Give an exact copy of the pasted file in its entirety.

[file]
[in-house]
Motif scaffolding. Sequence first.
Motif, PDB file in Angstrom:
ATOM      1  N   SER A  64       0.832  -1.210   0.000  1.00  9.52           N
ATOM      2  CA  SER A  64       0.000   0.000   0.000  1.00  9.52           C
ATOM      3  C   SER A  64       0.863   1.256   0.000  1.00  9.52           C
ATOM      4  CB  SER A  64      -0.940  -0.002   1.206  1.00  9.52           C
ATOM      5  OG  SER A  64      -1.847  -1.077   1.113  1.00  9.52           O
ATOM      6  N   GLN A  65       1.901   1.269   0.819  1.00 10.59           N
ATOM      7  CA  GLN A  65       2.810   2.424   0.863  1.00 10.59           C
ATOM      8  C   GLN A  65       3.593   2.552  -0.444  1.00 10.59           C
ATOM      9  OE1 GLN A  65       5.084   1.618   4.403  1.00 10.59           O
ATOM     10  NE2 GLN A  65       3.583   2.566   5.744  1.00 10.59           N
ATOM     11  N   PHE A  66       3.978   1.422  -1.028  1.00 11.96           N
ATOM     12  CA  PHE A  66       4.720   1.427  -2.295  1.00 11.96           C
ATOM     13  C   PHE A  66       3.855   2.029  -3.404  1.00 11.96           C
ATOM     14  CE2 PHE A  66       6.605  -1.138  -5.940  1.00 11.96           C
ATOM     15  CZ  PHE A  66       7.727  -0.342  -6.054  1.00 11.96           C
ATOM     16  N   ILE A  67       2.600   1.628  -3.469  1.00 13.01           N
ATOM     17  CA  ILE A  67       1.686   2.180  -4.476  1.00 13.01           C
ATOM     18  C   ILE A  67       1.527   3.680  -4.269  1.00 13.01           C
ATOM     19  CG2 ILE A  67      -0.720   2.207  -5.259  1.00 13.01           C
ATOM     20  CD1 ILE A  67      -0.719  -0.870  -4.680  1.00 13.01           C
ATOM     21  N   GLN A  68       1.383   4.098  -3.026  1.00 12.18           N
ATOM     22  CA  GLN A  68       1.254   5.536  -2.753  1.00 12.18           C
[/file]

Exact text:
[in-house]
Motif scaffolding. Sequence first.
Motif, PDB file in Angstrom:
ATOM      1  N   SER A  64       0.832  -1.210   0.000  1.00  9.52           N
ATOM      2  CA  SER A  64       0.000   0.000   0.000  1.00  9.52           C
ATOM      3  C   SER A  64       0.863   1.256   0.000  1.00  9.52           C
ATOM      4  CB  SER A  64      -0.940  -0.002   1.206  1.00  9.52           C
ATOM      5  OG  SER A  64      -1.847  -1.077   1.113  1.00  9.52           O
ATOM      6  N   GLN A  65       1.901   1.269   0.819  1.00 10.59           N
ATOM      7  CA  GLN A  65       2.810   2.424   0.863  1.00 10.59           C
ATOM      8  C   GLN A  65       3.593   2.552  -0.444  1.00 10.59           C
ATOM      9  OE1 GLN A  65       5.084   1.618   4.403  1.00 10.59           O
ATOM     10  NE2 GLN A  65       3.583   2.566   5.744  1.00 10.59           N
ATOM     11  N   PHE A  66       3.978   1.422  -1.028  1.00 11.96           N
ATOM     12  CA  PHE A  66       4.720   1.427  -2.295  1.00 11.96           C
ATOM     13  C   PHE A  66       3.855   2.029  -3.404  1.00 11.96           C
ATOM     14  CE2 PHE A  66       6.605  -1.138  -5.940  1.00 11.96           C
ATOM     15  CZ  PHE A  66       7.727  -0.342  -6.054  1.00 11.96           C
ATOM     16  N   ILE A  67       2.600   1.628  -3.469  1.00 13.01           N
ATOM     17  CA  ILE A  67       1.686   2.180  -4.476  1.00 13.01           C
ATOM     18  C   ILE A  67       1.527   3.680  -4.269  1.00 13.01           C
ATOM     19  CG2 ILE A  67      -0.720   2.207  -5.259  1.00 13.01           C
ATOM     20  CD1 ILE A  67      -0.719  -0.870  -4.680  1.00 13.01           C
ATOM     21  N   GLN A  68       1.383   4.098  -3.026  1.00 12.18           N
ATOM     22  CA  GLN A  68       1.254   5.536  -2.753  1.00 12.18           C